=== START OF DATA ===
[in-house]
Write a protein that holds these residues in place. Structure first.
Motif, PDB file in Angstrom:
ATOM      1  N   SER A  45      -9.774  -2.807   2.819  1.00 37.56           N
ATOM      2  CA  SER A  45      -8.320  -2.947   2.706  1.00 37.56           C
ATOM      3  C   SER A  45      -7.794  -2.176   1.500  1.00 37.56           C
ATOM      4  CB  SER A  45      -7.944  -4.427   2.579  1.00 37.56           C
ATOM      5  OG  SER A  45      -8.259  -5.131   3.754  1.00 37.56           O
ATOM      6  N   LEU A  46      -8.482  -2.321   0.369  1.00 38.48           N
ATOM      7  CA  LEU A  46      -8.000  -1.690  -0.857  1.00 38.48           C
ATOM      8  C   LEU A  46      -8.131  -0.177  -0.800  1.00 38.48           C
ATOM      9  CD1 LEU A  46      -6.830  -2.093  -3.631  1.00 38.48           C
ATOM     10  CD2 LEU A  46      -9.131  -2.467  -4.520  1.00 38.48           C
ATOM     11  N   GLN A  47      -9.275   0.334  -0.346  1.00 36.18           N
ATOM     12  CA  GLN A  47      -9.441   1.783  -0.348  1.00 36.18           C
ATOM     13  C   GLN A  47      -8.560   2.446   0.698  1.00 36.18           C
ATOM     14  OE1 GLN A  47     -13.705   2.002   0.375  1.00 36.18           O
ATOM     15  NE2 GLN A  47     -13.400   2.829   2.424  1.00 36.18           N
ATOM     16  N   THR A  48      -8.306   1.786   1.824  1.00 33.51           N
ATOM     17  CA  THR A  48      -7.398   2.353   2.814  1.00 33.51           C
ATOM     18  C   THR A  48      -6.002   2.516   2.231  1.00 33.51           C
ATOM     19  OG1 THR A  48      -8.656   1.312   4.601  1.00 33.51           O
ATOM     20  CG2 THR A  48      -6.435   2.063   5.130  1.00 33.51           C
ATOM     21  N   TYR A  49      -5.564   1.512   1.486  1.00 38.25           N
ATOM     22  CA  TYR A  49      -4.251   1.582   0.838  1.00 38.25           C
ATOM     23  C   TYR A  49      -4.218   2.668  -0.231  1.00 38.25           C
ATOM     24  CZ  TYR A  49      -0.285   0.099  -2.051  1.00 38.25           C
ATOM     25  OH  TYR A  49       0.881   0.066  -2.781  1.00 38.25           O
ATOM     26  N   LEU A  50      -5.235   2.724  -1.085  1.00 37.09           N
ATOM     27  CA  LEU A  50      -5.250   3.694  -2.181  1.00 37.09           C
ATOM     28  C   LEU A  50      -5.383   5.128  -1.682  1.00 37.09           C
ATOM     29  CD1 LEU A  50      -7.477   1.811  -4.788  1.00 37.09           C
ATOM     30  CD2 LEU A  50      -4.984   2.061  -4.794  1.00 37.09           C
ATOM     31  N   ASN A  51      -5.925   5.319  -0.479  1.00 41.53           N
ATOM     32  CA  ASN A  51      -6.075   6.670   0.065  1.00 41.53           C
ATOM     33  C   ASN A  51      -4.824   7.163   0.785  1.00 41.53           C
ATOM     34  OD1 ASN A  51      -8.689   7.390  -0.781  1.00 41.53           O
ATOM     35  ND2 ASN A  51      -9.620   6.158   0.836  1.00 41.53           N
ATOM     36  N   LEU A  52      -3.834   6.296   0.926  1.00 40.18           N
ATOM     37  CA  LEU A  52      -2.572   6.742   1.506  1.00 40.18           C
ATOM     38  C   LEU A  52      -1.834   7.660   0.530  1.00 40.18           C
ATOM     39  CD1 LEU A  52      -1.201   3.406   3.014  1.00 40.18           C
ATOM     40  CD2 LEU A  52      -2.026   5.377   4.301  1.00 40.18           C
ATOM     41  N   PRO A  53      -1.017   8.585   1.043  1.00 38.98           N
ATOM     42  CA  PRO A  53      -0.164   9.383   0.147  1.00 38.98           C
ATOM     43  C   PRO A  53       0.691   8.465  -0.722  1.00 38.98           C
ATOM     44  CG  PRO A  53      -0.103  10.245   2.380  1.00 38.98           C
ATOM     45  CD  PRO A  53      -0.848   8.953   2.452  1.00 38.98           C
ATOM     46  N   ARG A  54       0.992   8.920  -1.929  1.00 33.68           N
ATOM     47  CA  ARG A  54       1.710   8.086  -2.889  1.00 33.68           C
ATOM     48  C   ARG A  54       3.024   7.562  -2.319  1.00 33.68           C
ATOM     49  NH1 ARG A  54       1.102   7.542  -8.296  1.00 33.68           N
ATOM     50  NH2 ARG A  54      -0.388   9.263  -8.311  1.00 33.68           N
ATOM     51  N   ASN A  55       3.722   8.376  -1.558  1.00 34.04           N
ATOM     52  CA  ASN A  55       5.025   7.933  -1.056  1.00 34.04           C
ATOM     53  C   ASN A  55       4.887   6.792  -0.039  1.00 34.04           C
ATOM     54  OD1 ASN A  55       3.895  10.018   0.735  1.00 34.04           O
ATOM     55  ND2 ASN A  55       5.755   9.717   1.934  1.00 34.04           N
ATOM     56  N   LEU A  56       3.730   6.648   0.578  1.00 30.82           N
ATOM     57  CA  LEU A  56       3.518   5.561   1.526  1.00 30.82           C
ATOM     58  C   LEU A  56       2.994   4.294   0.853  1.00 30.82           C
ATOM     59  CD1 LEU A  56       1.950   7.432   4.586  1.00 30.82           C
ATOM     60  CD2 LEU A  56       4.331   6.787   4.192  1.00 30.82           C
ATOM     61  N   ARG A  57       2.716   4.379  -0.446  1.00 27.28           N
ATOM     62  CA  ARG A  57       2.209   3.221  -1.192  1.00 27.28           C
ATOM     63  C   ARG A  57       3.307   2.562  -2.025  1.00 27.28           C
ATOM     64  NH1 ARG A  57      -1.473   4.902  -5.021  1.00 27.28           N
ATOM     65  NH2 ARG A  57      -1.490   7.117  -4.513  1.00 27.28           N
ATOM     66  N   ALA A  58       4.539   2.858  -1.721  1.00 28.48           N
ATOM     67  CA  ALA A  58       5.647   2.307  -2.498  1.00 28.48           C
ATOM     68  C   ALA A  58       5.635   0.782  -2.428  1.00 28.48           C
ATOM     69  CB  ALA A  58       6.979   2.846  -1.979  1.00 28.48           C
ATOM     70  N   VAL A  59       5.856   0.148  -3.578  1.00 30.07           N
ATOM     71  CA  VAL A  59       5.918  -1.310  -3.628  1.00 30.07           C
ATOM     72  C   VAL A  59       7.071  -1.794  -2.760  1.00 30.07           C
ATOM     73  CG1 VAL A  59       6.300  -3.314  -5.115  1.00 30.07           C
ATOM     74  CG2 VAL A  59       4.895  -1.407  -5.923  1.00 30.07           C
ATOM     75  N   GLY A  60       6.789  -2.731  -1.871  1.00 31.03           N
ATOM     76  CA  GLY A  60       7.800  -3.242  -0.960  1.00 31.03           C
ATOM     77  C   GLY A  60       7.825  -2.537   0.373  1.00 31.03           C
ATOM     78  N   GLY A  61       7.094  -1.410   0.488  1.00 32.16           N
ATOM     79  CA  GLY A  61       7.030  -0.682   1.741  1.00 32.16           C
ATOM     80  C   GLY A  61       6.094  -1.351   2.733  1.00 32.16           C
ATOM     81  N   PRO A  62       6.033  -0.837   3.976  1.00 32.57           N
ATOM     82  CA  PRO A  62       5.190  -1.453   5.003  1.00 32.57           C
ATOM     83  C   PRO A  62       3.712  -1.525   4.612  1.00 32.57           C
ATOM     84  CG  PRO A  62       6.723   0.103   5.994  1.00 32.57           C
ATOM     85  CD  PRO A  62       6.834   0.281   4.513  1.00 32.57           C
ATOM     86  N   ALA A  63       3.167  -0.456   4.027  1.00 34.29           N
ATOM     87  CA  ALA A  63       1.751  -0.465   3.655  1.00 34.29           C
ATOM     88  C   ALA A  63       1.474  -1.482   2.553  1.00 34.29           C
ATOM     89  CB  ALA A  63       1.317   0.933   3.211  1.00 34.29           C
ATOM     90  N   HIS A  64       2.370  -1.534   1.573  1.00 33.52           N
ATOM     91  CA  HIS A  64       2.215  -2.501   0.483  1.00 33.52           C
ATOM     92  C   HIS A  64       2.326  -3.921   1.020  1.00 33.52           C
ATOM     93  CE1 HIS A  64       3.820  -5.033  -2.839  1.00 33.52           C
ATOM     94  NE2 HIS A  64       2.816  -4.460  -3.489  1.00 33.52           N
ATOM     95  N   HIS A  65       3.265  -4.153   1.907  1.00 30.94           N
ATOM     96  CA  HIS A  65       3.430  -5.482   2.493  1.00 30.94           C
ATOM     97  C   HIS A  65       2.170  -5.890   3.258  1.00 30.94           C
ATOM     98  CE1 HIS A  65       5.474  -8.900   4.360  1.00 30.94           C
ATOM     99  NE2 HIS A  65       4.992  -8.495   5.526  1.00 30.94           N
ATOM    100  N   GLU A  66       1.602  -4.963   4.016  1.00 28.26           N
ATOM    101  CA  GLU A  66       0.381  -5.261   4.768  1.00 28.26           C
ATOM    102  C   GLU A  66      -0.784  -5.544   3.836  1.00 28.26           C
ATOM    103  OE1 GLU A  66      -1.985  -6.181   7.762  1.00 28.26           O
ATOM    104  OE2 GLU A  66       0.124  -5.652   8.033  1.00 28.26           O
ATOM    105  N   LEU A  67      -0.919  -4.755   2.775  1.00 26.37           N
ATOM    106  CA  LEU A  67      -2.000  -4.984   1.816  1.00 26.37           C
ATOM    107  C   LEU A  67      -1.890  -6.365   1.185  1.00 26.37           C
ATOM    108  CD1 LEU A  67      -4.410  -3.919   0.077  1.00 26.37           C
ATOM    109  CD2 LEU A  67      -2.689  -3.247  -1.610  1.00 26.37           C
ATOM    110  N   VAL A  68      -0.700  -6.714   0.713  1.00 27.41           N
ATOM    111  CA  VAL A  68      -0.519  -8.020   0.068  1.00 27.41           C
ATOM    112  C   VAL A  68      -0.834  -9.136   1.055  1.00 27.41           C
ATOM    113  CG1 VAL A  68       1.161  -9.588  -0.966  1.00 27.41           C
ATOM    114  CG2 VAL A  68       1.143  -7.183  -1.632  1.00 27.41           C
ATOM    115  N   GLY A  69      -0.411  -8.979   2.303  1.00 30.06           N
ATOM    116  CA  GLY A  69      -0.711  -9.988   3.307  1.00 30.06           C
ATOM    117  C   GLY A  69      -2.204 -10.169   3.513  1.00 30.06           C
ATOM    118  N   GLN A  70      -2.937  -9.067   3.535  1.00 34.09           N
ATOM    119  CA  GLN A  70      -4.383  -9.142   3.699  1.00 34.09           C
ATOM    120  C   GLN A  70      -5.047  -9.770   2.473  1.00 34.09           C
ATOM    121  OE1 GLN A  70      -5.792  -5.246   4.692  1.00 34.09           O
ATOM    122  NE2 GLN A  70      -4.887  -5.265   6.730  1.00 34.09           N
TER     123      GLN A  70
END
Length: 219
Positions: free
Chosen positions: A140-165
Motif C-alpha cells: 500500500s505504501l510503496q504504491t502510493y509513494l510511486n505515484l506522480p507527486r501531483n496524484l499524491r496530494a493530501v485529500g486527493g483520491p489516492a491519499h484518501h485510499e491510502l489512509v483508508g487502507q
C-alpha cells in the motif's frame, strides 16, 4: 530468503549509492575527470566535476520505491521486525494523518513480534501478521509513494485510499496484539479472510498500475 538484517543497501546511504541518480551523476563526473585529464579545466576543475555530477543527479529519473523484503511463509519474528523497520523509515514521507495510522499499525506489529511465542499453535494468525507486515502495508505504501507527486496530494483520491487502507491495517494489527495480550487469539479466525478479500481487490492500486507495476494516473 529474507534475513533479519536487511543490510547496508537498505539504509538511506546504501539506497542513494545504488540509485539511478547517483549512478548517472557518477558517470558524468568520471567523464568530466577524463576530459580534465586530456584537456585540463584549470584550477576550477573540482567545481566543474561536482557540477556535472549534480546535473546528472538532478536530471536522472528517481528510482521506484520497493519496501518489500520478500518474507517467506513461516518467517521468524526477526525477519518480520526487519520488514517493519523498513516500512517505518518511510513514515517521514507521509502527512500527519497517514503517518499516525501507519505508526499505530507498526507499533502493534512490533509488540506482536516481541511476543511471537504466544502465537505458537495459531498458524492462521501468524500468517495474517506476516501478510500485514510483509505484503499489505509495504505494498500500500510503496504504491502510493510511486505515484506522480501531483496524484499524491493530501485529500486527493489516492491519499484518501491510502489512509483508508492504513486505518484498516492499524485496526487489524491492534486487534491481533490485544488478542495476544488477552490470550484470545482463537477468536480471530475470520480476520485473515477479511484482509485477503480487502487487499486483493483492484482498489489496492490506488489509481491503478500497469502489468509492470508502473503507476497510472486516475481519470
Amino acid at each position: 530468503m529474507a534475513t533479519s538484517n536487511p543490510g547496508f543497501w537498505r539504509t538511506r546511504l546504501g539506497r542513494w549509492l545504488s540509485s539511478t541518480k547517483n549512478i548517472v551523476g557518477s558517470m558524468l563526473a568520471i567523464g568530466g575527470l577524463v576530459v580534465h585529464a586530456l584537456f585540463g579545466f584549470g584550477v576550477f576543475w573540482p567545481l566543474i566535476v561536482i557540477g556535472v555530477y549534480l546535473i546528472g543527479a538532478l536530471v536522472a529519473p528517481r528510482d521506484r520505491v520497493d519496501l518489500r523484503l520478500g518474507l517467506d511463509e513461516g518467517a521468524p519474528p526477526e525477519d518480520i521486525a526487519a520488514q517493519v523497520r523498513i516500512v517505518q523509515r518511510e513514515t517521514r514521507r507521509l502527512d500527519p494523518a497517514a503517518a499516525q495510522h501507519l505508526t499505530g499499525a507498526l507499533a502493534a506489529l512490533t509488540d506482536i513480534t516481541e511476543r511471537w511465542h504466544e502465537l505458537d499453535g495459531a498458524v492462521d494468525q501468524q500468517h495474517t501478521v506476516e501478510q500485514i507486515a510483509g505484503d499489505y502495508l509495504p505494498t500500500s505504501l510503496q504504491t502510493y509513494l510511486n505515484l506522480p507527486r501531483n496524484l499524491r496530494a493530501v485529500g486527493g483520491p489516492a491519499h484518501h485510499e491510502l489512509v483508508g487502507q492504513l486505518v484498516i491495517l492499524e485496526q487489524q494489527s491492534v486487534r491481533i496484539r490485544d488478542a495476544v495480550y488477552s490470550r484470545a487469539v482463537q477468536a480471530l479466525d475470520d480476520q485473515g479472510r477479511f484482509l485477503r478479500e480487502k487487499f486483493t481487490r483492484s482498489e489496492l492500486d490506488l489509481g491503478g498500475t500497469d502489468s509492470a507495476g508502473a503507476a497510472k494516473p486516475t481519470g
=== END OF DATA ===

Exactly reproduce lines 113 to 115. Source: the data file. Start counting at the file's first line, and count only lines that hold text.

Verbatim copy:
ATOM    110  N   VAL A  68      -0.700  -6.714   0.713  1.00 27.41           N
ATOM    111  CA  VAL A  68      -0.519  -8.020   0.068  1.00 27.41           C
ATOM    112  C   VAL A  68      -0.834  -9.136   1.055  1.00 27.41           C